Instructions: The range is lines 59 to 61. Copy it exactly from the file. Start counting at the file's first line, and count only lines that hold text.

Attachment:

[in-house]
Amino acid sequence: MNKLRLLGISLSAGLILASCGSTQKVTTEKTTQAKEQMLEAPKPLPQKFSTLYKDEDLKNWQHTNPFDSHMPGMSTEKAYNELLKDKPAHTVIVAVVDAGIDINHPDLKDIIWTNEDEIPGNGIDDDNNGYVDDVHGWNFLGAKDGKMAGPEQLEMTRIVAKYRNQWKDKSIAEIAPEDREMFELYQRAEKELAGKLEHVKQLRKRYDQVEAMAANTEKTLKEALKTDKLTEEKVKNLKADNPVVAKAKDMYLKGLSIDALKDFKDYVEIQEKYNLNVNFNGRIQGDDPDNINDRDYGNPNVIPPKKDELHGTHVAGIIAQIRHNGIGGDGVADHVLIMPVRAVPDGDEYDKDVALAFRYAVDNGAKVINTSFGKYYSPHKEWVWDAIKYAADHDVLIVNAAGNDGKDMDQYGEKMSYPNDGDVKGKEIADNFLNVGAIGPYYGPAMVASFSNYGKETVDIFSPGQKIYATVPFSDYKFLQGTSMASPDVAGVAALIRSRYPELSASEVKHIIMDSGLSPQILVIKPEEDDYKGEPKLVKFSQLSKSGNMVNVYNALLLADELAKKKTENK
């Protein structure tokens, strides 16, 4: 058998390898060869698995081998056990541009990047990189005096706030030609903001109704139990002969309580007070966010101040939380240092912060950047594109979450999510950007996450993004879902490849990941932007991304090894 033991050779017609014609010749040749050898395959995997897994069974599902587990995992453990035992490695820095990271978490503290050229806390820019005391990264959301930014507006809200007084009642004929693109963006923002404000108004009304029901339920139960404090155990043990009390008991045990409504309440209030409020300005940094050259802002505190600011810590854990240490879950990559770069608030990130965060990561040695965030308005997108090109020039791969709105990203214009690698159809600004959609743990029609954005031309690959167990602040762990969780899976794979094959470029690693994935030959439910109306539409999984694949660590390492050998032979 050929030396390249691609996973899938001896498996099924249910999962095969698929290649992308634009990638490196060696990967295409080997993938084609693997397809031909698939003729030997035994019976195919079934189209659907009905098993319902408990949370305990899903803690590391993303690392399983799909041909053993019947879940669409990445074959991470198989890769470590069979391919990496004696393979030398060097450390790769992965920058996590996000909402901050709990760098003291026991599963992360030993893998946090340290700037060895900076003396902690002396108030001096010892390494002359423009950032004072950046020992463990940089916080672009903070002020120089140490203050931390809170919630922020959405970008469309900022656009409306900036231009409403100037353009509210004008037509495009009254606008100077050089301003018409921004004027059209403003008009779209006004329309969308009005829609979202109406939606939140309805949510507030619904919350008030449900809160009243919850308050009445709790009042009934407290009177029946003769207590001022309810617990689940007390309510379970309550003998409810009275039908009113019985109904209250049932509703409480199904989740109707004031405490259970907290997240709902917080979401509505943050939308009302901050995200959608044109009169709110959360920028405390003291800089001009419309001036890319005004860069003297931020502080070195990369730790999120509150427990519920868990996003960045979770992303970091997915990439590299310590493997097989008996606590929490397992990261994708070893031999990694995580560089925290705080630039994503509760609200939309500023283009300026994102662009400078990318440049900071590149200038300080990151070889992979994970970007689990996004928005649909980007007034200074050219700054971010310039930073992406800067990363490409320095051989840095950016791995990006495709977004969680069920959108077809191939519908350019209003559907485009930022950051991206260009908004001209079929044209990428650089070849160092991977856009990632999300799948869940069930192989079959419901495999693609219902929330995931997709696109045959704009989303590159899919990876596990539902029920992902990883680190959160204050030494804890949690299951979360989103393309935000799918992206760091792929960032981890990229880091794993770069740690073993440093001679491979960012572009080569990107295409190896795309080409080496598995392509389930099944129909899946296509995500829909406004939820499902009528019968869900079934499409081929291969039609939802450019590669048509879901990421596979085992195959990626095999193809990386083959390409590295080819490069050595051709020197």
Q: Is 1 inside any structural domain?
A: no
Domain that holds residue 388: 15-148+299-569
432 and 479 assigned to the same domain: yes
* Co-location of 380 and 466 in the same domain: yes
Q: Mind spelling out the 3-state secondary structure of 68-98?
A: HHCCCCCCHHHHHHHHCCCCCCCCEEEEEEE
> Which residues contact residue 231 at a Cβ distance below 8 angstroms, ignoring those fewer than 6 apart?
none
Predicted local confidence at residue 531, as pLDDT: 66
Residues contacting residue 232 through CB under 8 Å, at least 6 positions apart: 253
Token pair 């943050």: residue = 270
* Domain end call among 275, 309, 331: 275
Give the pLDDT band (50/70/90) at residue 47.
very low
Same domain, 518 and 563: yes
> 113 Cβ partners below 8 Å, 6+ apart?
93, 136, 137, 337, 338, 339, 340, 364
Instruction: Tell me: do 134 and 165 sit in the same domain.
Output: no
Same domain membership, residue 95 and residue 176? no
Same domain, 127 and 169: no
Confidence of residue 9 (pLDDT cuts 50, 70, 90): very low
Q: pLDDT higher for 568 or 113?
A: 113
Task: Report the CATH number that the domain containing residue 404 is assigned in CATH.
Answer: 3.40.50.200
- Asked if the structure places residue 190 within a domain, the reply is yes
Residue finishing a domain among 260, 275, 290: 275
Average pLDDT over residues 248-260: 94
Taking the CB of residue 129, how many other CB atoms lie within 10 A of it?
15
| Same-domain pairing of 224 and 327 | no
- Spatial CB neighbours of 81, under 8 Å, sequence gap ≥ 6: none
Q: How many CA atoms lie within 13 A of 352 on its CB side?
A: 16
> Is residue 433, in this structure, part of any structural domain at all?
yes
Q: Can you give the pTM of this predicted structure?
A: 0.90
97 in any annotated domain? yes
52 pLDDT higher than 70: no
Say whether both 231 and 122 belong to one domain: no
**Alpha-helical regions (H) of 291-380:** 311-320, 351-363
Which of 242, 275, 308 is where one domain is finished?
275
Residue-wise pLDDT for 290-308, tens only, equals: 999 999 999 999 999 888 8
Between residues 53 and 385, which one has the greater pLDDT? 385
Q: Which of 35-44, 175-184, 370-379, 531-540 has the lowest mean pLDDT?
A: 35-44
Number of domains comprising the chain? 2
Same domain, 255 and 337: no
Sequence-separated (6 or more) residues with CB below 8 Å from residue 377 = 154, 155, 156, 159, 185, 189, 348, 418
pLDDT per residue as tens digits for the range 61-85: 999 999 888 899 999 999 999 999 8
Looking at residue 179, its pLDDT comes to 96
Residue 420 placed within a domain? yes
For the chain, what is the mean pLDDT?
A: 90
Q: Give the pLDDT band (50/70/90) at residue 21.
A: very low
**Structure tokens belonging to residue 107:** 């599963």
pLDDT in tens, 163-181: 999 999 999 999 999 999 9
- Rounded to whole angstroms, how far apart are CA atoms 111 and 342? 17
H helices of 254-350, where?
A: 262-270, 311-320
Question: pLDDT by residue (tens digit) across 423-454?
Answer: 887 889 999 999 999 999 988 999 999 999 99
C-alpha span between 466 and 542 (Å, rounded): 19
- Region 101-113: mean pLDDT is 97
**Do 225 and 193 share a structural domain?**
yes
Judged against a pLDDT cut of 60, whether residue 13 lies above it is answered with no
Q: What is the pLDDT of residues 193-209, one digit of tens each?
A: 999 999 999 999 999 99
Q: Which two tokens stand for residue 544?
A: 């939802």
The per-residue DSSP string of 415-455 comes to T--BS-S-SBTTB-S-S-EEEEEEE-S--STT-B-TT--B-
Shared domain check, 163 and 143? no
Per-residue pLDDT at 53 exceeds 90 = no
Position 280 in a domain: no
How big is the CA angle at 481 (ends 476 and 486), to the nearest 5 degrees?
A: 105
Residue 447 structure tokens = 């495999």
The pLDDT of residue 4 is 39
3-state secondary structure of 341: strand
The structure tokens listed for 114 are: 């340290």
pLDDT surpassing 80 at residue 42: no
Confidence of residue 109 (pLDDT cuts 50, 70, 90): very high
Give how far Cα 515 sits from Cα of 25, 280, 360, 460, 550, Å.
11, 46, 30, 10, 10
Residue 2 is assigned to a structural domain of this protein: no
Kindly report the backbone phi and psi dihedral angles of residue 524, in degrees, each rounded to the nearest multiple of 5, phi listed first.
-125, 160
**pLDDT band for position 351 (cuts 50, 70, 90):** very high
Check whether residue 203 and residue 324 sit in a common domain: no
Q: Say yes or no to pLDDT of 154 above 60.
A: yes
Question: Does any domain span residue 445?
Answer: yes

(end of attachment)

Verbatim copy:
Residue 420 placed within a domain? yes
For the chain, what is the mean pLDDT?
A: 90